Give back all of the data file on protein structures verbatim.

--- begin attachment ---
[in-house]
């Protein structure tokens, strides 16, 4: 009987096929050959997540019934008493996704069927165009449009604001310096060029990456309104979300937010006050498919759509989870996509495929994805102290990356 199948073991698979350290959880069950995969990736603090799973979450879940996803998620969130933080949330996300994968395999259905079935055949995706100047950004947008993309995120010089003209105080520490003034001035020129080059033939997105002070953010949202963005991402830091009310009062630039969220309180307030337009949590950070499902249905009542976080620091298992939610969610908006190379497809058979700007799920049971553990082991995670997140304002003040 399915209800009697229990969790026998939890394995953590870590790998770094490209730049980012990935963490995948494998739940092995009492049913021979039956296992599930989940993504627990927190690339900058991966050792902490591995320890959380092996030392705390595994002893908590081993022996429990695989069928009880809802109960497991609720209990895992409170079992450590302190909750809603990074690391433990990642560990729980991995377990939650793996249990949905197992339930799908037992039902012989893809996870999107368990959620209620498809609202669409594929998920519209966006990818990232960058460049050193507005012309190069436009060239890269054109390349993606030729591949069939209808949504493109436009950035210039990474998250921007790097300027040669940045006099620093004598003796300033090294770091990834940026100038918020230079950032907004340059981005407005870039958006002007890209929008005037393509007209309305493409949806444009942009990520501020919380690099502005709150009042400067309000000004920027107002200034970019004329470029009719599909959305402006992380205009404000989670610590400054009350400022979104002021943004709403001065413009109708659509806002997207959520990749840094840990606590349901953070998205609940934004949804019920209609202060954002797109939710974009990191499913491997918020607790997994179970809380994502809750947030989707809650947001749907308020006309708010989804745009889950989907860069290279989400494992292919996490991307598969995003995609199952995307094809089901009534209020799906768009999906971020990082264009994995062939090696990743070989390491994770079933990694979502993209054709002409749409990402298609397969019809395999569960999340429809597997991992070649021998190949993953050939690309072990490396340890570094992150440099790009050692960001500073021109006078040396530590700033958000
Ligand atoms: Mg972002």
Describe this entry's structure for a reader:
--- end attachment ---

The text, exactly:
[in-house]
């Protein structure tokens, strides 16, 4: 009987096929050959997540019934008493996704069927165009449009604001310096060029990456309104979300937010006050498919759509989870996509495929994805102290990356 199948073991698979350290959880069950995969990736603090799973979450879940996803998620969130933080949330996300994968395999259905079935055949995706100047950004947008993309995120010089003209105080520490003034001035020129080059033939997105002070953010949202963005991402830091009310009062630039969220309180307030337009949590950070499902249905009542976080620091298992939610969610908006190379497809058979700007799920049971553990082991995670997140304002003040 399915209800009697229990969790026998939890394995953590870590790998770094490209730049980012990935963490995948494998739940092995009492049913021979039956296992599930989940993504627990927190690339900058991966050792902490591995320890959380092996030392705390595994002893908590081993022996429990695989069928009880809802109960497991609720209990895992409170079992450590302190909750809603990074690391433990990642560990729980991995377990939650793996249990949905197992339930799908037992039902012989893809996870999107368990959620209620498809609202669409594929998920519209966006990818990232960058460049050193507005012309190069436009060239890269054109390349993606030729591949069939209808949504493109436009950035210039990474998250921007790097300027040669940045006099620093004598003796300033090294770091990834940026100038918020230079950032907004340059981005407005870039958006002007890209929008005037393509007209309305493409949806444009942009990520501020919380690099502005709150009042400067309000000004920027107002200034970019004329470029009719599909959305402006992380205009404000989670610590400054009350400022979104002021943004709403001065413009109708659509806002997207959520990749840094840990606590349901953070998205609940934004949804019920209609202060954002797109939710974009990191499913491997918020607790997994179970809380994502809750947030989707809650947001749907308020006309708010989804745009889950989907860069290279989400494992292919996490991307598969995003995609199952995307094809089901009534209020799906768009999906971020990082264009994995062939090696990743070989390491994770079933990694979502993209054709002409749409990402298609397969019809395999569960999340429809597997991992070649021998190949993953050939690309072990490396340890570094992150440099790009050692960001500073021109006078040396530590700033958000
Ligand atoms: Mg972002």
Describe this entry's structure for a reader: